Fox News, Jonathan Turley contributor:
The problem is the absence of “barks” from the Biden camp.
The convergence of law and politics is a common occurrence in Washington. While law is used to ascertain truth, politics is often used to obscure it. That is why the truth is rarely evident in looking at a scandal straight on. Rather it requires peripheral vision or analysis – often what is not evident is what is most enlightening.
This most famous example of such reasoning was found in Sir Arthur Conan Doyle’s story “Silver Blaze,” on Sherlock Holmes’s investigation of the disappearance of a racehorse. The local inspector asked if there was “any point to which you would wish to draw my attention?”
Holmes responds, “To the curious incident of the dog in the nighttime.”
When the inspector objects, “The dog did nothing in the night-time,” Holmes replies, “That was the curious incident.”
There is always something a tad curious of Washington legal scandals in what has not occurred. That is why the latest Hunter Biden scandal is so curious.
When the story broke in the New York Post, the Biden campaign was faced with thousands of emails that purportedly showed clear support for allegations that Hunter Biden was given millions as part of an influence-peddling scheme related to his father, then-Vice President Joe Biden.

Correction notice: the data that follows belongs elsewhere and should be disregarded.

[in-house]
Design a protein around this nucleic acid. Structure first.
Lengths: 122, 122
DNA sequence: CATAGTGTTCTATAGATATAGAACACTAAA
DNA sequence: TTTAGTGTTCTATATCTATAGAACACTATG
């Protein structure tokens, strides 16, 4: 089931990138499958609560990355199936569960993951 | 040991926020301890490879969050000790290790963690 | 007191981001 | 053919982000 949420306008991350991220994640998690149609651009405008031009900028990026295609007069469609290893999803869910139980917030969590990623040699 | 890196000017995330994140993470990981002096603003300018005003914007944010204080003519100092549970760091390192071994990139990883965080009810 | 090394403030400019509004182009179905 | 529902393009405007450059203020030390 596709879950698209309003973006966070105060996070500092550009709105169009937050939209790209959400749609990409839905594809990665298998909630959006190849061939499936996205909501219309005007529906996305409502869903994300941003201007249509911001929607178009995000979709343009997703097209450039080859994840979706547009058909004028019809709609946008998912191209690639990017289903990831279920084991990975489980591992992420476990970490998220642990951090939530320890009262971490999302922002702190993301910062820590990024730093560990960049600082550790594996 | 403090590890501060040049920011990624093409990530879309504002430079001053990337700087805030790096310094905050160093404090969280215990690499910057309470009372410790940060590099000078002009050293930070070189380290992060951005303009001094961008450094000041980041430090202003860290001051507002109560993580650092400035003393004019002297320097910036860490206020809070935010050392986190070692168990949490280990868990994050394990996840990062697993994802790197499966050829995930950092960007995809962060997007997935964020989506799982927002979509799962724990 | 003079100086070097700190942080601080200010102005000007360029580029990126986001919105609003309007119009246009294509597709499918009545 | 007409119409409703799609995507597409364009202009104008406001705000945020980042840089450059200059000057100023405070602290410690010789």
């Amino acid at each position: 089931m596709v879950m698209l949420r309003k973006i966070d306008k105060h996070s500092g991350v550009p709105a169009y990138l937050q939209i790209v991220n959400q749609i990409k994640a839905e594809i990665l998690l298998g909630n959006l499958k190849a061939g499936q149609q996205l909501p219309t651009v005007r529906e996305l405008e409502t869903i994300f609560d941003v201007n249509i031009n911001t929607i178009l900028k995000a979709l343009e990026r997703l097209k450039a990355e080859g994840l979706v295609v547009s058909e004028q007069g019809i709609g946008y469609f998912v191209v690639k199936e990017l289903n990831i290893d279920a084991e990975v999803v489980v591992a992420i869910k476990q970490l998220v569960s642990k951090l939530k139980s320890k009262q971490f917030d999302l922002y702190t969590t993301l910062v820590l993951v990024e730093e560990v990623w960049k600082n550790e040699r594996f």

The problem was the absence of “barks” from the Biden camp. The computer files revealed a host of embarrassing pictures of Hunter Biden using drugs or exposed in other embarrassing ways. The emails contain dates and addresses that match up with confirmed records.
If they are fabricated, there were three barks that we would have expected within hours of the release.
Bark 1: This was not Hunter Biden’s computer – The most obvious response would be that this is not the computer of Hunter Biden. After all, the computer store owner John Paul Mac Isaac who is legally blind said that he could not recognize the person who dropped off the laptop … The response on ownership has been crickets for days.
Bark 2: These were not Hunter Biden’s photos or emails – Even if the campaign cannot deny that the computer was Hunter Biden’s, it could deny that these incriminating pictures and emails were his. Again, crickets.
Bark 3: This is defamation – Perhaps this bark is the most telling. If these emails or pictures are fabricated, it is a clear case of defamation and other tort actions. It would seem that one of the hundreds of lawyers currently lined up by the Biden campaign would fire off an “intent to sue” letter. But no.
Instead of these obvious barks, the public heard something closer to a whimper: that the campaign could not find any notation on Vice President Biden’s official schedule that he met with a Ukrainian figure connected to the payments to his son Hunter Biden.